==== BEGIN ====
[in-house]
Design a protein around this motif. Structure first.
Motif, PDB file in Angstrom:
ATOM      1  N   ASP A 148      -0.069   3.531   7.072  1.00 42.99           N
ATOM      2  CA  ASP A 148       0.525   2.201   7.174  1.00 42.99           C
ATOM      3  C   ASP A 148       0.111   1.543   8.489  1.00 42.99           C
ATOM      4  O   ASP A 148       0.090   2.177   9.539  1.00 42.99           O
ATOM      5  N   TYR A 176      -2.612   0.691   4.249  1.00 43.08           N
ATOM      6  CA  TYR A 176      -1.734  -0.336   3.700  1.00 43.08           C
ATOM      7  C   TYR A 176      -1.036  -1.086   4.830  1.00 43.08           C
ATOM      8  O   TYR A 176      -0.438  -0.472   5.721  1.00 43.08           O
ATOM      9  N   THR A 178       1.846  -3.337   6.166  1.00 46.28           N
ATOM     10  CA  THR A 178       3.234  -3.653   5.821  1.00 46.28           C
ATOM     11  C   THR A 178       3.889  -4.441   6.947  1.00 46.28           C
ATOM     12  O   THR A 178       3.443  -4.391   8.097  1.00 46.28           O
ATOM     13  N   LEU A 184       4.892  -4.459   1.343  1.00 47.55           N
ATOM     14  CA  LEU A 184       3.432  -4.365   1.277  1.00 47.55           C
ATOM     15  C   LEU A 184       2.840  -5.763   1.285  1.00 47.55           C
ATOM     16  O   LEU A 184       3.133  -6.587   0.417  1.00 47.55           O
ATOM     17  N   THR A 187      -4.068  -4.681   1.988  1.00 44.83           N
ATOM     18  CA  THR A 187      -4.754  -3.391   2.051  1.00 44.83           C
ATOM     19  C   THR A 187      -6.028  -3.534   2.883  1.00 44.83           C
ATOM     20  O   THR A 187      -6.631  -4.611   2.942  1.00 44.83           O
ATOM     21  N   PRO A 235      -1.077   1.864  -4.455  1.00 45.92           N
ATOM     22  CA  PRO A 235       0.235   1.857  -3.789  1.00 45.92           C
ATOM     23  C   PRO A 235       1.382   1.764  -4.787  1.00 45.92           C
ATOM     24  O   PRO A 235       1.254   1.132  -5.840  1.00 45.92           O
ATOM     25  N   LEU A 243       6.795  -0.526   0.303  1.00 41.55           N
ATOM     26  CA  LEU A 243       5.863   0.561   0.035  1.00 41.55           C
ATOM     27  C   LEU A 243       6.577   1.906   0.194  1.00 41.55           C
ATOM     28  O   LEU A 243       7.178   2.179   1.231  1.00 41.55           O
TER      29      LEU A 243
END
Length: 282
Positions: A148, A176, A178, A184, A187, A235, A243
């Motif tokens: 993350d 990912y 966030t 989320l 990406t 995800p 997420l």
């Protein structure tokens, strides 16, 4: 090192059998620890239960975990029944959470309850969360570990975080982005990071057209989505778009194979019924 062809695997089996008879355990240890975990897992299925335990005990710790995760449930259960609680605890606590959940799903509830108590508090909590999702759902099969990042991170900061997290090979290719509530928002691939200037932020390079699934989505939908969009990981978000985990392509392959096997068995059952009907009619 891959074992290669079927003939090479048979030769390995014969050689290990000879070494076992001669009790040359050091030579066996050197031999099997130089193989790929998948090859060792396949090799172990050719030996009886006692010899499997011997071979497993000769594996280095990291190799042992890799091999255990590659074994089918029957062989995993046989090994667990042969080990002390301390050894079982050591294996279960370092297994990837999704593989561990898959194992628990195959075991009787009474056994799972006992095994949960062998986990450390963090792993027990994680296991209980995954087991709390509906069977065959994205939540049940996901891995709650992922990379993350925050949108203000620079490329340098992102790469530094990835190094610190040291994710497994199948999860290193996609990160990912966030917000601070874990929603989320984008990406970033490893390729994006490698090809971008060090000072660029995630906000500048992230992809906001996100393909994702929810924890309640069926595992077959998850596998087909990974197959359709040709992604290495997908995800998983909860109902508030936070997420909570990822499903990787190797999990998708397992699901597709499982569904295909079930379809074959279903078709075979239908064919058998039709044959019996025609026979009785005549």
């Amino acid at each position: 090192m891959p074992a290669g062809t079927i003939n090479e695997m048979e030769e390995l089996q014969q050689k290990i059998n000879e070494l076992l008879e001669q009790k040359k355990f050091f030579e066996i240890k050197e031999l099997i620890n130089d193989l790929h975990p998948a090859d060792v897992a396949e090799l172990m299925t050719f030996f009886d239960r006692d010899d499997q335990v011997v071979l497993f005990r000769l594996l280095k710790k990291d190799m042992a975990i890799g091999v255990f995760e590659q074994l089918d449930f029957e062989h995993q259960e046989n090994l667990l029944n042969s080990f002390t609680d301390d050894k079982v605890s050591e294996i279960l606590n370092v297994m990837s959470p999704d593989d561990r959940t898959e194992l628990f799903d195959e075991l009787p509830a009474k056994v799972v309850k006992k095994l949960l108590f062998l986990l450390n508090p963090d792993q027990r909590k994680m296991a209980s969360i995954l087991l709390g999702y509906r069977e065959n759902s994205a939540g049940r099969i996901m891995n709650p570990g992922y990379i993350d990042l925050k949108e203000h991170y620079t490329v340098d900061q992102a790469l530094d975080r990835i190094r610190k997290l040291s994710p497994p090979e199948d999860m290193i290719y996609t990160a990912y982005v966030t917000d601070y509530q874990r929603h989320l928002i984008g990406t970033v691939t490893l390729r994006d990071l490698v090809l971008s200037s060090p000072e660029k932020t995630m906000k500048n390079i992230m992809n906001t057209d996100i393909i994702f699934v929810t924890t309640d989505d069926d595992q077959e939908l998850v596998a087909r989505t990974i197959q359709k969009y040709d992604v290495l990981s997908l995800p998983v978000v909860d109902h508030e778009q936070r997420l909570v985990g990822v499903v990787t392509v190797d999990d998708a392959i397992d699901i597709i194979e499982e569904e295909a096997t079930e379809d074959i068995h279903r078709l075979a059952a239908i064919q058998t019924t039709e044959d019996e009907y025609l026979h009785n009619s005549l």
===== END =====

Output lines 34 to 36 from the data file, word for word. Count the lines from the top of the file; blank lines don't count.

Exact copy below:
Length: 282
Positions: A148, A176, A178, A184, A187, A235, A243
């Motif tokens: 993350d 990912y 966030t 989320l 990406t 995800p 997420l």